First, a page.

Dr. Parker asked, “Is internal bleaching safe?”
Thanks for that great question, Dr. Parker. In fact, it’s a very important question.
Historically – and I mean a significant number of years ago – yes, it was dangerous. I’m sure you’ve heard of dentists talking about internal bleaching being dangerous because it can cause internal resorption. False. When it has caused resorption, it’s been external, not internal.
Below are some facts that you need to understand – which I will tie together at the end:
- Often endodontically treated teeth have patent dentinal tubules without sclerotic or reparative dentin. This means that often those dentinal tubules are pretty much open pipelines from the obturated pulp canal right out to the PDL (periodontal ligament).
- Many are aware that hydrogen peroxide (H2O2) breaks down to molecular oxygen and water. That’s the kindergarten version. Peroxide also, can and does, break down to hydroxyl radicals, perhydroxyl radicals, superoxide radicals, oxygen ions, and hydrogen ions. In fact, perhydroxyl radicals from peroxide are primarily responsible for teeth whitening.
- Consider when you’re doing in-office, high concentration whitening. You use a paint-on gingival barrier to protect the gums from chemical burns. It’s likely that you occasionally see some minor leakage of that barrier, and some white chemical burns of the gums after you remove the paint-on barrier. But burns typically go away within a very short time with no lingering damage.
- The periodontal spaces around the roots of teeth contain mesenchymal cells, often referred to as stem cells. These cells have the ability to change into other types of cells. Commonly they may become blastic or clastic cells. Blast cells grow things such as bone (osteoblasts) or tooth root surface (cementoblasts). Clast cells eat away tissue such as bone (osteoclasts) or tooth root surface (cementoclasts).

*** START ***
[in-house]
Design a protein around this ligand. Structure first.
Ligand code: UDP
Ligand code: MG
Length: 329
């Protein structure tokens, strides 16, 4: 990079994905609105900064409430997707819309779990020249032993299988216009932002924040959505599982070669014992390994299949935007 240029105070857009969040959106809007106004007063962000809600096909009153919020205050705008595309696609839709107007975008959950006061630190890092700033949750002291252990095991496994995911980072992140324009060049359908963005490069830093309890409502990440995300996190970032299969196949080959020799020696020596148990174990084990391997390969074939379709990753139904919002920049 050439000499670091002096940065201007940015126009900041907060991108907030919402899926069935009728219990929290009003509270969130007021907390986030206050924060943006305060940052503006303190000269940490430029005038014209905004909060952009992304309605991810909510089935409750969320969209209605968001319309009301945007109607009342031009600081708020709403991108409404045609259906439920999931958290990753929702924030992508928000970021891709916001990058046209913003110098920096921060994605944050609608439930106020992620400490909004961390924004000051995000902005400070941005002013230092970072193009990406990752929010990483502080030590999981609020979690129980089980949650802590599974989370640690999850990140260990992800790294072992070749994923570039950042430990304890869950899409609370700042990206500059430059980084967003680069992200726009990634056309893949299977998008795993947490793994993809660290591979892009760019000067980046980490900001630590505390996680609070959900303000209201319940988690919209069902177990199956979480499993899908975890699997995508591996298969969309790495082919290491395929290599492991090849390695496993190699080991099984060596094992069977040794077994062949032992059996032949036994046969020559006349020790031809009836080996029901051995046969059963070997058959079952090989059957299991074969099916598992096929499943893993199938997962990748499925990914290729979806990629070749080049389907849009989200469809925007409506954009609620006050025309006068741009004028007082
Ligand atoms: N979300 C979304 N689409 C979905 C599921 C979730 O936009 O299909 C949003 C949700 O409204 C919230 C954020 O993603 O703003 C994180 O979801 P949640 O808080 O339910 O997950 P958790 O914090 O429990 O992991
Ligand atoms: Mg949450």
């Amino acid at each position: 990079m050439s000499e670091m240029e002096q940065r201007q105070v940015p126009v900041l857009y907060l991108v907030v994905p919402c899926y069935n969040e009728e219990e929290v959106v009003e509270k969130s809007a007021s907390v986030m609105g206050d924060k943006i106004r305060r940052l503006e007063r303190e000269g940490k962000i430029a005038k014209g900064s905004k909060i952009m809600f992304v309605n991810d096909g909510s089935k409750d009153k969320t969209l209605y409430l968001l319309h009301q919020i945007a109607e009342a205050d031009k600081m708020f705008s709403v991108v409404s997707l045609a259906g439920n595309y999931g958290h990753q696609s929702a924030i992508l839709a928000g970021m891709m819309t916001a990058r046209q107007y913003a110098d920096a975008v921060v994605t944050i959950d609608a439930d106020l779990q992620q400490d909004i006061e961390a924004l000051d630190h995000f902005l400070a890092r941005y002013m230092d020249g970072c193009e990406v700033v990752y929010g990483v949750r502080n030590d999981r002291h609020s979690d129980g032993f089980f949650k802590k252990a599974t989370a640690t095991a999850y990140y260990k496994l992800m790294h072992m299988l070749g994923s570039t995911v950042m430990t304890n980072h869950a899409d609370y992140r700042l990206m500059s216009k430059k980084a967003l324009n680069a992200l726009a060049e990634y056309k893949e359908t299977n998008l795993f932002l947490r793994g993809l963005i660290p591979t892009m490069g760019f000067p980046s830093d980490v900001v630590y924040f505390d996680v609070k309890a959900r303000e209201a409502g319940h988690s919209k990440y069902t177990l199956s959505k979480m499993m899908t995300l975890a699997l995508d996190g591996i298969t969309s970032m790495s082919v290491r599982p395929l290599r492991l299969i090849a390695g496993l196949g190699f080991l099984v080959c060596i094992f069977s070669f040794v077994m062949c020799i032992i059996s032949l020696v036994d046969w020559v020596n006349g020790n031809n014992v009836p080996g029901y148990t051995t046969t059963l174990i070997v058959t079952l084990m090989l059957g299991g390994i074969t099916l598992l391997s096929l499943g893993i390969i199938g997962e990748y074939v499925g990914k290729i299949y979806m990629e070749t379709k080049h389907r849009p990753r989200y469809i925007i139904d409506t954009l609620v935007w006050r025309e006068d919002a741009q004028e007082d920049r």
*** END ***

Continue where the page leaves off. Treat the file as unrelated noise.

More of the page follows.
When internal bleaching, peroxides are placed inside the root canal chambers of endodontically treated teeth, those peroxides give off all the aggressive radicals I listed above. “In the old days,” those radicals percolated down the root canals between the wall of dentin and the root canal obturation material. As this happened, the radicals from the peroxides traveled through the dentinal tubules and into the PDL space.
When the radicals from the peroxide entered the PDL space, they caused chemical burns of the tissues within the PDL space. These chemical burns stimulated the stem cells to turn into cementoclasts, which then started eating away at the root surface.
Once those cementoclasts form, they keep reproducing and eating away (resorbing) the root structure. That’s external root resorption, which often led to the loss of the tooth.
But that was then…and this is now. Researchers realized the solution was to place a restorative plug of some sort at the bottom of the root canal chamber and into the orifices of the root canals, to seal and prevent peroxide radicals from percolating down the sides of the dentin inside the tooth and ending up in the PDL space. Easier said than done…
They tried many materials, including amalgam, IRM, various cements, glass ionomer, resionomer/compomer and composite. Cutting to the chase, many of the studies prefer some sort of ionomer because they are self-adhesive and go through polymerization expansion (instead of shrinkage), making bonding unnecessary, and routinely creating a very tight seal.
When proper technique is followed, radicals are totally prevented from getting into the PDL space, and the internal bleaching procedure is entirely safe. But again… you gotta do it right!
KöR whitening customers can access our Internal Bleaching Instructions, as well as many other techniques on the KöR customer website (www.korcommunity.com). However, if you’re not a KöR provider and would like the full procedural instructions, just call KöR Whitening at 866.763.7753. Our reps will be happy to email the instructions to you.
Dr. Rod Kurthy